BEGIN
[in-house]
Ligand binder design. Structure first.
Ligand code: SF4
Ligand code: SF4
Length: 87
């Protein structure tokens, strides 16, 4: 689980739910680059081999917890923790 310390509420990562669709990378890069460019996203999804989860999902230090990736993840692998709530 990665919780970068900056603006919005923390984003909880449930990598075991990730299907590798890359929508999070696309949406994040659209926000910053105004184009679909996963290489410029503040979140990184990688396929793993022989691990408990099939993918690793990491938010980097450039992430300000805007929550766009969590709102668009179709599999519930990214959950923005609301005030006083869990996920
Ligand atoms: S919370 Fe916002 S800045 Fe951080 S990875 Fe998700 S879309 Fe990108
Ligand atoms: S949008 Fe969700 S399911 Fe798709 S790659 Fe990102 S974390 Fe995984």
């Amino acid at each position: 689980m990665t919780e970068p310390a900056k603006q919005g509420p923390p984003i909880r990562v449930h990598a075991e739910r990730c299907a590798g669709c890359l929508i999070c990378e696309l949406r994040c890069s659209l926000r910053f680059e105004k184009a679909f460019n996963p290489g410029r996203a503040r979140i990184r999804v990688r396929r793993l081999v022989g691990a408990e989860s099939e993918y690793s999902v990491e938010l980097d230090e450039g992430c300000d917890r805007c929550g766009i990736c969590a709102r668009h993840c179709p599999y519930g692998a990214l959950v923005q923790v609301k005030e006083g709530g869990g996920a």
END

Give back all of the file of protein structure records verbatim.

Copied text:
[in-house]
Ligand binder design. Structure first.
Ligand code: SF4
Ligand code: SF4
Length: 87
């Protein structure tokens, strides 16, 4: 689980739910680059081999917890923790 310390509420990562669709990378890069460019996203999804989860999902230090990736993840692998709530 990665919780970068900056603006919005923390984003909880449930990598075991990730299907590798890359929508999070696309949406994040659209926000910053105004184009679909996963290489410029503040979140990184990688396929793993022989691990408990099939993918690793990491938010980097450039992430300000805007929550766009969590709102668009179709599999519930990214959950923005609301005030006083869990996920
Ligand atoms: S919370 Fe916002 S800045 Fe951080 S990875 Fe998700 S879309 Fe990108
Ligand atoms: S949008 Fe969700 S399911 Fe798709 S790659 Fe990102 S974390 Fe995984």
């Amino acid at each position: 689980m990665t919780e970068p310390a900056k603006q919005g509420p923390p984003i909880r990562v449930h990598a075991e739910r990730c299907a590798g669709c890359l929508i999070c990378e696309l949406r994040c890069s659209l926000r910053f680059e105004k184009a679909f460019n996963p290489g410029r996203a503040r979140i990184r999804v990688r396929r793993l081999v022989g691990a408990e989860s099939e993918y690793s999902v990491e938010l980097d230090e450039g992430c300000d917890r805007c929550g766009i990736c969590a709102r668009h993840c179709p599999y519930g692998a990214l959950v923005q923790v609301k005030e006083g709530g869990g996920a």